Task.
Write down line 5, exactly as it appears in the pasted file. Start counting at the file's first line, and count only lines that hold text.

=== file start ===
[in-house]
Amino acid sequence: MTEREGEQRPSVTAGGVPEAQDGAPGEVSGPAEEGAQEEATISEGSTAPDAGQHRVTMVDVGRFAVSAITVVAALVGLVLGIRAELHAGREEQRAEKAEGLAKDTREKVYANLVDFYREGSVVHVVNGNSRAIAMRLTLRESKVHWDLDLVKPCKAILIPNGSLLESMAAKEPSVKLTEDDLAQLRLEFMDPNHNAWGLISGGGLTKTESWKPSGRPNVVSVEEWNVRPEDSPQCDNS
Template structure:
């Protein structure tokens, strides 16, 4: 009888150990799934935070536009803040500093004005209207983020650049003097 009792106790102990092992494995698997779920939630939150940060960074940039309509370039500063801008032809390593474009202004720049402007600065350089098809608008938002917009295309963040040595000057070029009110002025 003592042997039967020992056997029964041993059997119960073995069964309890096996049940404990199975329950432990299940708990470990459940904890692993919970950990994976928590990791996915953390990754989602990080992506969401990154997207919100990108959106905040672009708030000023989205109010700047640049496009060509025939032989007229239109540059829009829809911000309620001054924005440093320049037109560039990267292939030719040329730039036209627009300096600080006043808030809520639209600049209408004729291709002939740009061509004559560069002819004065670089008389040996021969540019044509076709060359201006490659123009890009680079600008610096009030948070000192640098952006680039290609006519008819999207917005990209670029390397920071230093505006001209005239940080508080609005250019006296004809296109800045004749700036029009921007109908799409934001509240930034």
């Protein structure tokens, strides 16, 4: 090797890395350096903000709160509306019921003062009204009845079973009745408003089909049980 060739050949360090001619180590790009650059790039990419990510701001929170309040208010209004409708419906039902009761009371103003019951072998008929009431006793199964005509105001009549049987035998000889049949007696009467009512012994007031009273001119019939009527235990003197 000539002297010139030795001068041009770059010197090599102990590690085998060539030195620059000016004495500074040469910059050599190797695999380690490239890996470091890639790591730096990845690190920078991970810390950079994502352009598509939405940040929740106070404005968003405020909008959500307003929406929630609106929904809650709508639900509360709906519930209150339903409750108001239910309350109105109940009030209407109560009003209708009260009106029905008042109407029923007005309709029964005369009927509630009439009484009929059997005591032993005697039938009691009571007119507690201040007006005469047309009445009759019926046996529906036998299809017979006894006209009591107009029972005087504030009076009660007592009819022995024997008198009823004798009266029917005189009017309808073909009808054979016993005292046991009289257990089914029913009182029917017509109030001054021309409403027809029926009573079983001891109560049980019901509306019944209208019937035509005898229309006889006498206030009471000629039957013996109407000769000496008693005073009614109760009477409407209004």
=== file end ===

């Protein structure tokens, strides 16, 4: 090797890395350096903000709160509306019921003062009204009845079973009745408003089909049980 060739050949360090001619180590790009650059790039990419990510701001929170309040208010209004409708419906039902009761009371103003019951072998008929009431006793199964005509105001009549049987035998000889049949007696009467009512012994007031009273001119019939009527235990003197 000539002297010139030795001068041009770059010197090599102990590690085998060539030195620059000016004495500074040469910059050599190797695999380690490239890996470091890639790591730096990845690190920078991970810390950079994502352009598509939405940040929740106070404005968003405020909008959500307003929406929630609106929904809650709508639900509360709906519930209150339903409750108001239910309350109105109940009030209407109560009003209708009260009106029905008042109407029923007005309709029964005369009927509630009439009484009929059997005591032993005697039938009691009571007119507690201040007006005469047309009445009759019926046996529906036998299809017979006894006209009591107009029972005087504030009076009660007592009819022995024997008198009823004798009266029917005189009017309808073909009808054979016993005292046991009289257990089914029913009182029917017509109030001054021309409403027809029926009573079983001891109560049980019901509306019944209208019937035509005898229309006889006498206030009471000629039957013996109407000769000496008693005073009614109760009477409407209004």